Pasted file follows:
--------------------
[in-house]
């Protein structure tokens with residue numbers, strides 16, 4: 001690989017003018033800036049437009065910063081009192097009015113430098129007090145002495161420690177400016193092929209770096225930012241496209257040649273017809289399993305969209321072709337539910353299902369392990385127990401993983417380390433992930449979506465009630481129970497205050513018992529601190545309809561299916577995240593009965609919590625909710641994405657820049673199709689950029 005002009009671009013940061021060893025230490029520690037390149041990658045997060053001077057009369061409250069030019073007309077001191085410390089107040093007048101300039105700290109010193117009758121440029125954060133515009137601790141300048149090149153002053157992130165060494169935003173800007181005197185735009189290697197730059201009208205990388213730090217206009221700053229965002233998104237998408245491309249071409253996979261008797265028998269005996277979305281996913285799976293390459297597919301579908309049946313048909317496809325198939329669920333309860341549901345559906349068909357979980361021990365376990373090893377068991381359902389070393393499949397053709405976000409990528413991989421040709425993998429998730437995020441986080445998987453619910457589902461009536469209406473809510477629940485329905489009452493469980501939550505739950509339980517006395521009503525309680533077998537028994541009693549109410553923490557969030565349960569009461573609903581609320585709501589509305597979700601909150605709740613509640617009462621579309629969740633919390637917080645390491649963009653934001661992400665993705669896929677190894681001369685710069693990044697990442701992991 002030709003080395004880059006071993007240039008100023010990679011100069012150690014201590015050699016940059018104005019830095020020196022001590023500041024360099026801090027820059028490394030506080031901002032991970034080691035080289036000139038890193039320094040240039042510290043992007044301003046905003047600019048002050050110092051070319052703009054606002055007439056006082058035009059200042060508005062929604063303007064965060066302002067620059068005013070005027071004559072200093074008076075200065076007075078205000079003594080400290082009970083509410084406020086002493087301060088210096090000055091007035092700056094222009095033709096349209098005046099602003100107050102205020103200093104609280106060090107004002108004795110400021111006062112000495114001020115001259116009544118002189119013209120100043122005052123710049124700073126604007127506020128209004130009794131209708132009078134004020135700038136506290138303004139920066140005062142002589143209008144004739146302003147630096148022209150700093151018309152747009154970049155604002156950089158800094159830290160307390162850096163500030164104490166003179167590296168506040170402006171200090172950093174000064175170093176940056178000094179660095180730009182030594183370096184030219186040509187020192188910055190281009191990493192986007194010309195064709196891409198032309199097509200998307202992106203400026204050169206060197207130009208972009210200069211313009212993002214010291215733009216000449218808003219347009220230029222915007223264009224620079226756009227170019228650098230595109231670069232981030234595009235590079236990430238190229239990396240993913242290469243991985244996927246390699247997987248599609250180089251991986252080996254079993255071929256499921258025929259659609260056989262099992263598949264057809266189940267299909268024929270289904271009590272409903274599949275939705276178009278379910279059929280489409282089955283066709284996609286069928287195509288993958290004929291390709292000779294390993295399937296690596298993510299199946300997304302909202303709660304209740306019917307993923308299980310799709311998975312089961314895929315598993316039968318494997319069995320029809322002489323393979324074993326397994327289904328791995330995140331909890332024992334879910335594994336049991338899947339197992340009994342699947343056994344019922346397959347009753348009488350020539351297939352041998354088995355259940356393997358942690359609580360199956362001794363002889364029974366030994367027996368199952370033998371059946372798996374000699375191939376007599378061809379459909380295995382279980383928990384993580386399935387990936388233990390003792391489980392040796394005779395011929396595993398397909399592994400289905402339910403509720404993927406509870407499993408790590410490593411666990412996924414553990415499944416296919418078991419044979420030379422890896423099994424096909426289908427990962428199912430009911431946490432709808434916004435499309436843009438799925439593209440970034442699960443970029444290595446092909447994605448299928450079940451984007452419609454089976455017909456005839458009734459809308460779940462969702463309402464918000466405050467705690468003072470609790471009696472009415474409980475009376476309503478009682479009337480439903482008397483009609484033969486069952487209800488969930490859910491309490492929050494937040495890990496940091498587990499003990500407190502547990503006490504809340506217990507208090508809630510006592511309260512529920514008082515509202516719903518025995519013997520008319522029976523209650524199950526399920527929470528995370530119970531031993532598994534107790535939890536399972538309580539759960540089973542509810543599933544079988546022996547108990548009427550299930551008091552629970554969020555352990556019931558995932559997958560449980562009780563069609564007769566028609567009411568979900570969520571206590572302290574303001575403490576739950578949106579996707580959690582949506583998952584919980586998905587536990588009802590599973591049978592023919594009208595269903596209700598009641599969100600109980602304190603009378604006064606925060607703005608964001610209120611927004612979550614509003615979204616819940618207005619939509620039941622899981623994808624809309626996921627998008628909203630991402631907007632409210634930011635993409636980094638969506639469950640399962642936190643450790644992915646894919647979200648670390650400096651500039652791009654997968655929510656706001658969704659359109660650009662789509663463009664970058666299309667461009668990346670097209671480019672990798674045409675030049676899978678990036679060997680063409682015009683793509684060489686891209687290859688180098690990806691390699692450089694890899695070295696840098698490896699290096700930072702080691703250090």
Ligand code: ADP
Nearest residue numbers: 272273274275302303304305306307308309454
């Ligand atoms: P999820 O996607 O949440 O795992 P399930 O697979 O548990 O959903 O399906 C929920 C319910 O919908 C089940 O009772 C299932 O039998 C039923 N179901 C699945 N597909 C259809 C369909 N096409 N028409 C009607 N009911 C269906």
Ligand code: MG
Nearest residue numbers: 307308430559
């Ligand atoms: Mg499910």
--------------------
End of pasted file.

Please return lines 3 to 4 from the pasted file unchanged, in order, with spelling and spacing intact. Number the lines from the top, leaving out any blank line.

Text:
Ligand code: ADP
Nearest residue numbers: 272273274275302303304305306307308309454